Brioni's beautifully baroque 75th anniversary
Brioni celebrated its three-quarter century in Florence on Tuesday, with a baroque homage to the Dolce Vita, featuring a half-dozen ensemble of classical musicians wearing the latest collection.
Which turned out to be a beautifully plaintive method to celebrate the 75th anniversary of an otherwise troubled brand, and show its fall/winter 2020 colleciton.
Two Danish cellists dueled inside a marvelous Sala Gialla dinning room, from a rococo theme by Tchaikovsky to a superb sonata by Joseph Bodin de Boismortier. On the left, Andreas Brantelid in a short formal Virgilio jacket with shawl collar made in Barathea wool and canneté silk wool pants. On the right, Ingemar Brantelid played with fatherly gusto, attired in a superb double-breasted caramel-hued silk evening jacket. Each looking impeccable, and enormously proud.
Guests wandered through a series of large rooms inside the immense 16th-century Palazzo Gerini under soaring Renaissance frescos. The palace still belongs to the Gerini family, whose ancestor Marquis Carlo Gerini, secretary to Cardinal Carlo de Medici, first acquired it back in 1650.
Opening with a wind quartet playing works by Lorenzo de Firenze, from a perfectly cut steely grey wool chevron double-breasted coat to a magnificent deerskin blazer paired with a cashmere turtle neck.
For evening, Greek Alexandros Kapelis played silky compositions by Debussy on a massive Steinway piano, the pianist dressed in classy white tie and tails. And, riffing on Brioni‘s great tradition of using opulent silk, a string trio of violinists looked devilishly sharp in peak lapel or Virgilio jackets in bold jacquards made in silk from centuries-old Venetian looms.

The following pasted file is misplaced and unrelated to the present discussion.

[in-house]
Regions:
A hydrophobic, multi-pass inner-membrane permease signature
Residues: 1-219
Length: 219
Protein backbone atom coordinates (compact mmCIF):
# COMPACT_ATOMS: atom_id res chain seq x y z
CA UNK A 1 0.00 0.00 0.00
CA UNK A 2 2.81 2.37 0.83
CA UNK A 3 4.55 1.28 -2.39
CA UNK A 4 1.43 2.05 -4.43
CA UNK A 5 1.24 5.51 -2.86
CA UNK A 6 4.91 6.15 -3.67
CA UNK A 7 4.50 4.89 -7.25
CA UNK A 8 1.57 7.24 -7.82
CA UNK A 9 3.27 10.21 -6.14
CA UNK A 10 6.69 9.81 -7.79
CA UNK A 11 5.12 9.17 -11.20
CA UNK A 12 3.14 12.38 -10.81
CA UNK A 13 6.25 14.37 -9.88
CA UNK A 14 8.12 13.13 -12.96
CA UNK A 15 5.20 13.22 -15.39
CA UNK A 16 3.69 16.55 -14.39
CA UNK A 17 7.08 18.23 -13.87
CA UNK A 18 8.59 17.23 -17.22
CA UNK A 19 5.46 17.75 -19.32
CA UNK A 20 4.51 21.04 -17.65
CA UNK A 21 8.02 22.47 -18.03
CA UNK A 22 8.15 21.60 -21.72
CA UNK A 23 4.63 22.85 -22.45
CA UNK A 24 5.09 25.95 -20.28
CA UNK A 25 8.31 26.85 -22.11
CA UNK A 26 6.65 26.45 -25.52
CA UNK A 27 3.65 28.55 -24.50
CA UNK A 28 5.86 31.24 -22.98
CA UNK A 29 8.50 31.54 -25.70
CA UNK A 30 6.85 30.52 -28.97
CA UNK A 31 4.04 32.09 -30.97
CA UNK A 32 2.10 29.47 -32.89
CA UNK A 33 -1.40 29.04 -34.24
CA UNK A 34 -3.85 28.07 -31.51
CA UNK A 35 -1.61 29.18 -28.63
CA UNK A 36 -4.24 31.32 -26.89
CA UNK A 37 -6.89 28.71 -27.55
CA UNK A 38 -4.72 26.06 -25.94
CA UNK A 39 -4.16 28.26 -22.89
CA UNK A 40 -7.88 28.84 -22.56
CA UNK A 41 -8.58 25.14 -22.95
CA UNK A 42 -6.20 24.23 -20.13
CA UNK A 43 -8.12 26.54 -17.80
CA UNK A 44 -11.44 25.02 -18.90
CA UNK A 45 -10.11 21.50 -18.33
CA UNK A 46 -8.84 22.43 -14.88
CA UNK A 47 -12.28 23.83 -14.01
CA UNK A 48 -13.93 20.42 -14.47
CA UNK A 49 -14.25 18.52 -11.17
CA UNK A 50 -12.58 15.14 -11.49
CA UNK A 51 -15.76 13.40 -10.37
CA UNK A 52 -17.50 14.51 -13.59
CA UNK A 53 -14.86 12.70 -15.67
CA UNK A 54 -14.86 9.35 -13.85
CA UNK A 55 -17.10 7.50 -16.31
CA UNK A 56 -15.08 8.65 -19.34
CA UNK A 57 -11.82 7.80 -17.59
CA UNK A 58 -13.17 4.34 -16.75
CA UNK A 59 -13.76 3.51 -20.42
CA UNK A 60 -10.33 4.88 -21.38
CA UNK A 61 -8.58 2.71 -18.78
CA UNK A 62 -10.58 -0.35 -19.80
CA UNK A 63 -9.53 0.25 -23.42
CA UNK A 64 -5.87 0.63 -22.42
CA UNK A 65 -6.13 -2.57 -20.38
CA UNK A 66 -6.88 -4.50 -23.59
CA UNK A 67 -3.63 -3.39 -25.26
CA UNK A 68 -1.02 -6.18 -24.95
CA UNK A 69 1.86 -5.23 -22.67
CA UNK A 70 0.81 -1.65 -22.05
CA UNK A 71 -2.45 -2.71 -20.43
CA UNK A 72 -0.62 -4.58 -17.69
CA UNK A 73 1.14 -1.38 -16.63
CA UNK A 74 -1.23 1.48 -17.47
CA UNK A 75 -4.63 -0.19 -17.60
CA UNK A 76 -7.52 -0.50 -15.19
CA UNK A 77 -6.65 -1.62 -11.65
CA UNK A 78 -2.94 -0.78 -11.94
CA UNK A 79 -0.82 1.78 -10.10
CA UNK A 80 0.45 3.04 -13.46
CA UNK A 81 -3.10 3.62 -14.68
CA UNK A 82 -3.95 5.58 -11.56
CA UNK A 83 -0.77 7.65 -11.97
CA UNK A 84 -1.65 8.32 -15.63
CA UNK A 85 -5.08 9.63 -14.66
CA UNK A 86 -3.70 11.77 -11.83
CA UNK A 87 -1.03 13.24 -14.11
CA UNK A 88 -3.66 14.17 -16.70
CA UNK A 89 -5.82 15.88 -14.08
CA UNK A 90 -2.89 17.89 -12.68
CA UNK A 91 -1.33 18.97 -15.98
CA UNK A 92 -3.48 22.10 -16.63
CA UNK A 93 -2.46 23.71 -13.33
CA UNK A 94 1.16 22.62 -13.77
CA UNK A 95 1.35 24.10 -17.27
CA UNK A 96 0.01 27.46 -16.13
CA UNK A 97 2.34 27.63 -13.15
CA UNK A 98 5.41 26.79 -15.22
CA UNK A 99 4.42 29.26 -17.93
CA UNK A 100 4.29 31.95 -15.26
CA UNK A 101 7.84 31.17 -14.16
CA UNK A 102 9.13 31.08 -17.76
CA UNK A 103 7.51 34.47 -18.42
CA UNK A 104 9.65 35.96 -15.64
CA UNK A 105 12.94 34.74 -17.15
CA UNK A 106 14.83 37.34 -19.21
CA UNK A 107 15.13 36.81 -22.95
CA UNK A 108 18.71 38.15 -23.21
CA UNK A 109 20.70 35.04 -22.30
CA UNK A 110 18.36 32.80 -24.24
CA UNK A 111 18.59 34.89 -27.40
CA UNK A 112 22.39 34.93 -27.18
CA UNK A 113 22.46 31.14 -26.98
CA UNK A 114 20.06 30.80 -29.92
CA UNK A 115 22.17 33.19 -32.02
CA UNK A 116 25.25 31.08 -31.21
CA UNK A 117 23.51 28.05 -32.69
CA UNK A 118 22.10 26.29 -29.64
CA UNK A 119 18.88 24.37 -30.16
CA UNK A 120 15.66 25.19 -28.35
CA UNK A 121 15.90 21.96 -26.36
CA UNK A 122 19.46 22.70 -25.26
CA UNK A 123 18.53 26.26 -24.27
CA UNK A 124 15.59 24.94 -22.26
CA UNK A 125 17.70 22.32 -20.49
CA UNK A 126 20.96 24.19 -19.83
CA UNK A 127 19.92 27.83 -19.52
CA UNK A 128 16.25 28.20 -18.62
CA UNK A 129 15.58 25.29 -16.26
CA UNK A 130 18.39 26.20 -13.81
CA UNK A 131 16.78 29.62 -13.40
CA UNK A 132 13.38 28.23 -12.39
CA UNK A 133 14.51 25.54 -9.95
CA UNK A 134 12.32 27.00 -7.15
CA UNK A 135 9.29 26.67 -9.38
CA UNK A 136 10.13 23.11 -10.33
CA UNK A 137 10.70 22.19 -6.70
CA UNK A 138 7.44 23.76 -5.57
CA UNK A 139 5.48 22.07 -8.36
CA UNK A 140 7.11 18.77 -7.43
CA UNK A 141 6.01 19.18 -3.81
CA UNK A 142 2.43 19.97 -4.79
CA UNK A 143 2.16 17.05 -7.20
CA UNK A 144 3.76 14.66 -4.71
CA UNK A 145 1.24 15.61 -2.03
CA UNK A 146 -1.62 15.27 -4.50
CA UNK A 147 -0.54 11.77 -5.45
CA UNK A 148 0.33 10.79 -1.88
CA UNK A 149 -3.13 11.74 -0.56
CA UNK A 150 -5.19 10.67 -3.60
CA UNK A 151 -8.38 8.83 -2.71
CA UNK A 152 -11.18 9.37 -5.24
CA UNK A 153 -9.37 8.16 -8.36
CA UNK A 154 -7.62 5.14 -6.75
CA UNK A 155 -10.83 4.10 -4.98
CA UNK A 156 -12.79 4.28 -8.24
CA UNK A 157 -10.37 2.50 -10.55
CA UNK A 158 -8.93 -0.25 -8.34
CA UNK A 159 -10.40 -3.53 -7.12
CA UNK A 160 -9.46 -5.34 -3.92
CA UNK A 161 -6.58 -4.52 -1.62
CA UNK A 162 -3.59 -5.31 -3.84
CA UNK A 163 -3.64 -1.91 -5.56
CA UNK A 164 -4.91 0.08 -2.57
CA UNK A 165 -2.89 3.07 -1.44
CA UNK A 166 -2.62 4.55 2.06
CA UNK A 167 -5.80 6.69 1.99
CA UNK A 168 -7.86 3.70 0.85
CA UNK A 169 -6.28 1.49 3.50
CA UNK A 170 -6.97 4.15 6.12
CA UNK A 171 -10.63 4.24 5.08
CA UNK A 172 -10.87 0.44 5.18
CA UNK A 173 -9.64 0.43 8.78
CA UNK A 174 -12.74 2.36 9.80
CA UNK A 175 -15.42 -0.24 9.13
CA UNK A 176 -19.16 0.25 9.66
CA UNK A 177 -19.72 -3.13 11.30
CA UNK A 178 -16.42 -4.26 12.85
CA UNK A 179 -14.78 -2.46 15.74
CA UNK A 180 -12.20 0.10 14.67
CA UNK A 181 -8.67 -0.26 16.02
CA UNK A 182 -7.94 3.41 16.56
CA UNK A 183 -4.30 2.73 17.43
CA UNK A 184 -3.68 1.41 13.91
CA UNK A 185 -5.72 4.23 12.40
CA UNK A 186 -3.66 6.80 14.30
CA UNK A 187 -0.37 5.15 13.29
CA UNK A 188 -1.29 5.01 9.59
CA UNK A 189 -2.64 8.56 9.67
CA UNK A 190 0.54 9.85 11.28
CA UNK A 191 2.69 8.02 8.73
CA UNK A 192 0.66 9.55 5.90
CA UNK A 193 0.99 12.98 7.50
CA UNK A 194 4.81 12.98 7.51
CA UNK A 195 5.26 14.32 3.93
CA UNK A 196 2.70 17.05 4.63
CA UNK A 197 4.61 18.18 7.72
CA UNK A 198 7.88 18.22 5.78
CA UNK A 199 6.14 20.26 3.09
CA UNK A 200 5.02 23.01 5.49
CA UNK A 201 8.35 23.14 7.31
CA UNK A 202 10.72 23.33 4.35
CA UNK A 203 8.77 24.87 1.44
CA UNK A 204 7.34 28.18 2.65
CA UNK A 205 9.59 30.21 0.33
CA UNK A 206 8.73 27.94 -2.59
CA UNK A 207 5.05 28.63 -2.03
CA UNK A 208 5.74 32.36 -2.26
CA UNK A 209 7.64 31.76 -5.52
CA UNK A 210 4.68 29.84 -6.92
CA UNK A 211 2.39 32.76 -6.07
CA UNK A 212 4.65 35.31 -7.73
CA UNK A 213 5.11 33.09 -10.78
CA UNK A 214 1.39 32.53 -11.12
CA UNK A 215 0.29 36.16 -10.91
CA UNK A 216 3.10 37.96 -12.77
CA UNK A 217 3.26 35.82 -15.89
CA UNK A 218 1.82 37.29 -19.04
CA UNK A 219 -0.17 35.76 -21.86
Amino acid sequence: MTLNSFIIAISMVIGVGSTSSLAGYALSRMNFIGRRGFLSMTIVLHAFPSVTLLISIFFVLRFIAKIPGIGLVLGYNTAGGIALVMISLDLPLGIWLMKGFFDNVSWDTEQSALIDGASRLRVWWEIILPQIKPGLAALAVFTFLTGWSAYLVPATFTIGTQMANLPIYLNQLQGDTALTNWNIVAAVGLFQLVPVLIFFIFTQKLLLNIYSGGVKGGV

Though the center point was the Sala Bianca, albeit not the same White Room where the entire Italian fashion system began back in 1951 with the first runway show for press and buyers staged by Giovanni Battista Giorgini in the Palazzo Pitti. With a baroque ensemble paying Handel or Henry Purcell in single- and double-breasted Virgilio suits, cut with wider shoulders and made in soft chalk stripes or romantic dark silks.
Dinner for 120 after, cooked by the Italian chef of the moment, eight Michelin starred Enrico Bartolini, from seafood ravioli to mini Fiorentina steaks, added to the rarefied air. It all made for an elegiac moment to open Pitti, the world‘s most important fashion salon, which runs until Friday in Florence.
In the past half decade, Brioni has had four different creative directors and four different CEOs. So, the contrast between this charming moment and the convoluted recent history of the brand could not have been greater.
Perhaps, finally, under new CEO Mehdi Benabadji and designer Norbert Stumpfl, Brioni may finally enjoy a renaissance. This seems like a good start.
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